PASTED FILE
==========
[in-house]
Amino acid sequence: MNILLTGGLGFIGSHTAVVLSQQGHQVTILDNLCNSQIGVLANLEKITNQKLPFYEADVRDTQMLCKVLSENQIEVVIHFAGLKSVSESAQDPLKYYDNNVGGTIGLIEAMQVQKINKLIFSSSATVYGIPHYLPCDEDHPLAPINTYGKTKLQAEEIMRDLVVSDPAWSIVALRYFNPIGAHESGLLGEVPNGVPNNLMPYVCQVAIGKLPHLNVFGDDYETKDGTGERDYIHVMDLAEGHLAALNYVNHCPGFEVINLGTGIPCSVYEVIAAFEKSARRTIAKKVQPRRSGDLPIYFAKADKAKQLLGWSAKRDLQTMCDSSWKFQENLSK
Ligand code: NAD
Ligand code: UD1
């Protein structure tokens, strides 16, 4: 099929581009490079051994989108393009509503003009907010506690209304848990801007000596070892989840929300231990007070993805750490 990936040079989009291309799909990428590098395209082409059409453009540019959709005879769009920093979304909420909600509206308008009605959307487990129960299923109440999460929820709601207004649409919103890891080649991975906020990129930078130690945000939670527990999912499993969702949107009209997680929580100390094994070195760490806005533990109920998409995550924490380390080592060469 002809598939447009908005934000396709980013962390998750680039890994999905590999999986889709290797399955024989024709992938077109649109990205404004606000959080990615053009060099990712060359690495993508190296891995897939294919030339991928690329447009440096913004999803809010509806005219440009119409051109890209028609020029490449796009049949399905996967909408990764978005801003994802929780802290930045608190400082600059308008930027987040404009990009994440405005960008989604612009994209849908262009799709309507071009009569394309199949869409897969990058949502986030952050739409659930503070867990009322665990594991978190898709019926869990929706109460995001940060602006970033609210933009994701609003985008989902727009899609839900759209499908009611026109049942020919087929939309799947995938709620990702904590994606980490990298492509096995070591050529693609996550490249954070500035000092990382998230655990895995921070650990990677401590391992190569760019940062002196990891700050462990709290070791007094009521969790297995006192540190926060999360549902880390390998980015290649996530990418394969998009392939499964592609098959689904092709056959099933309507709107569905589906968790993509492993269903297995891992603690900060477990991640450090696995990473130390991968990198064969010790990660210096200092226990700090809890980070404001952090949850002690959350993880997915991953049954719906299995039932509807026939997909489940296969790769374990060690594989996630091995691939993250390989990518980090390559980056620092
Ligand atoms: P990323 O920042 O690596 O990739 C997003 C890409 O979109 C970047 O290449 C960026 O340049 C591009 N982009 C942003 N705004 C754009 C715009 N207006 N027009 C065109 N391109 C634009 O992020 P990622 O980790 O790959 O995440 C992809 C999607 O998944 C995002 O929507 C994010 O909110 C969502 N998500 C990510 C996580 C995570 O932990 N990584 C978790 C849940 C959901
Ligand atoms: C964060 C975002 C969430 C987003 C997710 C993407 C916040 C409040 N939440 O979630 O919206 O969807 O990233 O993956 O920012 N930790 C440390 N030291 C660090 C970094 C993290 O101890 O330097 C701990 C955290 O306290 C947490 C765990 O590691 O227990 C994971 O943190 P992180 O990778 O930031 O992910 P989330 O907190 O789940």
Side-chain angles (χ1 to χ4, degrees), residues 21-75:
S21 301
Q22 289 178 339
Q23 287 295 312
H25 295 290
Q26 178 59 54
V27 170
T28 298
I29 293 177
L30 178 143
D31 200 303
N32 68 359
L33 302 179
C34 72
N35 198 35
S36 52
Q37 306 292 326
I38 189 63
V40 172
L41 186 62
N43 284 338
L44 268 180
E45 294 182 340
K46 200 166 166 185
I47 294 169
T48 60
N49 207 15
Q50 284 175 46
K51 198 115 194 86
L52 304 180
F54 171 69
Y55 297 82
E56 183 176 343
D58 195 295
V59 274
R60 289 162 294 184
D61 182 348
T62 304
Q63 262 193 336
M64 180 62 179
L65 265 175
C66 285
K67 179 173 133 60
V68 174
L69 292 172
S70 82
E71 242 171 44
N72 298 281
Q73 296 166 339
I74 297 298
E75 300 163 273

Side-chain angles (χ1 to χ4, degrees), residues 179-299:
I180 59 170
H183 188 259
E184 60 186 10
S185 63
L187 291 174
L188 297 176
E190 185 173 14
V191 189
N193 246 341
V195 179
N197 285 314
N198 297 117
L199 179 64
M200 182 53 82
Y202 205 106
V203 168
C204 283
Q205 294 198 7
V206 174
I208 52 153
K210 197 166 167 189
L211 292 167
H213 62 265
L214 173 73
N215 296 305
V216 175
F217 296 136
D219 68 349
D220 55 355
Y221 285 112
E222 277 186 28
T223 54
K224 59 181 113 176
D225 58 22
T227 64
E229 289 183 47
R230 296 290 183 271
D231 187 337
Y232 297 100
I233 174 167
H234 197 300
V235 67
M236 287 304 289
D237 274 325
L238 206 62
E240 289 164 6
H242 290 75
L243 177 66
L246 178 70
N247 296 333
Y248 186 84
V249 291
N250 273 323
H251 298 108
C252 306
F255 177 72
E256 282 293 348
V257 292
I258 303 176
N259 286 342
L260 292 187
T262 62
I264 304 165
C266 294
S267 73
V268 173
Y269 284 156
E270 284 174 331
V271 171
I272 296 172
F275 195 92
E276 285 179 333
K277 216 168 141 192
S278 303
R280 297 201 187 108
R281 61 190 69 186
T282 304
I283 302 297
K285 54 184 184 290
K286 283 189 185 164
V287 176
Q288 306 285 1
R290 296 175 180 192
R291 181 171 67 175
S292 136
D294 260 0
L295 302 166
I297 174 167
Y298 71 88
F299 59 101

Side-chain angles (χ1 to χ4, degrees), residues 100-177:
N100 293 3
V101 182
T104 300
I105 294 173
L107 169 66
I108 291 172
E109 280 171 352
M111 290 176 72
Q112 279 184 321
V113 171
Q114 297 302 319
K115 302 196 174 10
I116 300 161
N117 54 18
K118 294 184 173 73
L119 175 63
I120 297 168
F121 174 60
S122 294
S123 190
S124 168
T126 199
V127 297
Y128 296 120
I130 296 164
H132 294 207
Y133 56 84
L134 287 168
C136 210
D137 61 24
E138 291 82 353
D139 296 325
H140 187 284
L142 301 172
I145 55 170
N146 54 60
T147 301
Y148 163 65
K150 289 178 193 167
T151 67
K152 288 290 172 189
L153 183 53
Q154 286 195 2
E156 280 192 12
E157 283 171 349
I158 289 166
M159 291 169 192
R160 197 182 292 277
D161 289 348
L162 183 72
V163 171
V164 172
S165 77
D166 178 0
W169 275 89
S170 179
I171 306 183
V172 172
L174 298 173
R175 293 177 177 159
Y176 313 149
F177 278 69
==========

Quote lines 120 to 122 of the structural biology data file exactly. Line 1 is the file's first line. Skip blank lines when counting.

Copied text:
L260 292 187
T262 62
I264 304 165